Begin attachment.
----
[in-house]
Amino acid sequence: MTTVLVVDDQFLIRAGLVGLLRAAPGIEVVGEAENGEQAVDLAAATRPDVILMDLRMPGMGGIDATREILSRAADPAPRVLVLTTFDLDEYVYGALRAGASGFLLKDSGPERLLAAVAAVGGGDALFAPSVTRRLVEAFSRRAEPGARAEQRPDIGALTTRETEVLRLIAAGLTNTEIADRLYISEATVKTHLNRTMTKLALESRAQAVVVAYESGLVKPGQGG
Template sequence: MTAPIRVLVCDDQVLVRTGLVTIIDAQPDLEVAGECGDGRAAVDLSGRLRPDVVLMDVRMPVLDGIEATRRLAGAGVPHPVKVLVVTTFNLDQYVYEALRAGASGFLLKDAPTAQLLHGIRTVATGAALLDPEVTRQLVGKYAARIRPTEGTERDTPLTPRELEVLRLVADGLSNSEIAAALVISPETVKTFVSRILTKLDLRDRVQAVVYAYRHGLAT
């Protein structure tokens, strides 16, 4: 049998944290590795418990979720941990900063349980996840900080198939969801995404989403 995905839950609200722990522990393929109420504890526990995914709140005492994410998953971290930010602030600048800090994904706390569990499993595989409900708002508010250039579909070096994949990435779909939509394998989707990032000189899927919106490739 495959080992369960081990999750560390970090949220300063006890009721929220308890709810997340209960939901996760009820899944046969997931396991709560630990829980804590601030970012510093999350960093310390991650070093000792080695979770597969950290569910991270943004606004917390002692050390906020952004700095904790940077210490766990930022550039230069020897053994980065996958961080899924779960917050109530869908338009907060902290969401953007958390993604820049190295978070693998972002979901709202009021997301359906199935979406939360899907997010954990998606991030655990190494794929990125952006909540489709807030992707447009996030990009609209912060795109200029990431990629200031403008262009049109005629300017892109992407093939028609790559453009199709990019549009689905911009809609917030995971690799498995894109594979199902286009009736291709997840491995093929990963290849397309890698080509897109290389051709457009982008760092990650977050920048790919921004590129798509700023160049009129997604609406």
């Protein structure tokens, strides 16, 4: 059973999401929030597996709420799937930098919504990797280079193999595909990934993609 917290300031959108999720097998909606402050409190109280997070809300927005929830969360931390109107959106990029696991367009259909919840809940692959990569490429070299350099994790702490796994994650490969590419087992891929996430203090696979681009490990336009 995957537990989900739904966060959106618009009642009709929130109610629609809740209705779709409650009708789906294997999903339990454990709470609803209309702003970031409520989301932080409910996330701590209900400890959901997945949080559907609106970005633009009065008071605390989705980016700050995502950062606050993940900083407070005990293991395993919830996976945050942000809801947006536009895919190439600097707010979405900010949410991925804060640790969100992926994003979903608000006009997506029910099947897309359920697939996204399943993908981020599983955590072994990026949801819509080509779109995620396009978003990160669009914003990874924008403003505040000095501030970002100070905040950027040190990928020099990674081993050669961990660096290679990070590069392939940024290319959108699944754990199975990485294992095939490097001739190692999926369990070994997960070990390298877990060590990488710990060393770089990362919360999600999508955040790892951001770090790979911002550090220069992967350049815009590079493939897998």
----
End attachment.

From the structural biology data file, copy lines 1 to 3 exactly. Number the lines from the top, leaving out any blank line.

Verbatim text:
[in-house]
Amino acid sequence: MTTVLVVDDQFLIRAGLVGLLRAAPGIEVVGEAENGEQAVDLAAATRPDVILMDLRMPGMGGIDATREILSRAADPAPRVLVLTTFDLDEYVYGALRAGASGFLLKDSGPERLLAAVAAVGGGDALFAPSVTRRLVEAFSRRAEPGARAEQRPDIGALTTRETEVLRLIAAGLTNTEIADRLYISEATVKTHLNRTMTKLALESRAQAVVVAYESGLVKPGQGG
Template sequence: MTAPIRVLVCDDQVLVRTGLVTIIDAQPDLEVAGECGDGRAAVDLSGRLRPDVVLMDVRMPVLDGIEATRRLAGAGVPHPVKVLVVTTFNLDQYVYEALRAGASGFLLKDAPTAQLLHGIRTVATGAALLDPEVTRQLVGKYAARIRPTEGTERDTPLTPRELEVLRLVADGLSNSEIAAALVISPETVKTFVSRILTKLDLRDRVQAVVYAYRHGLAT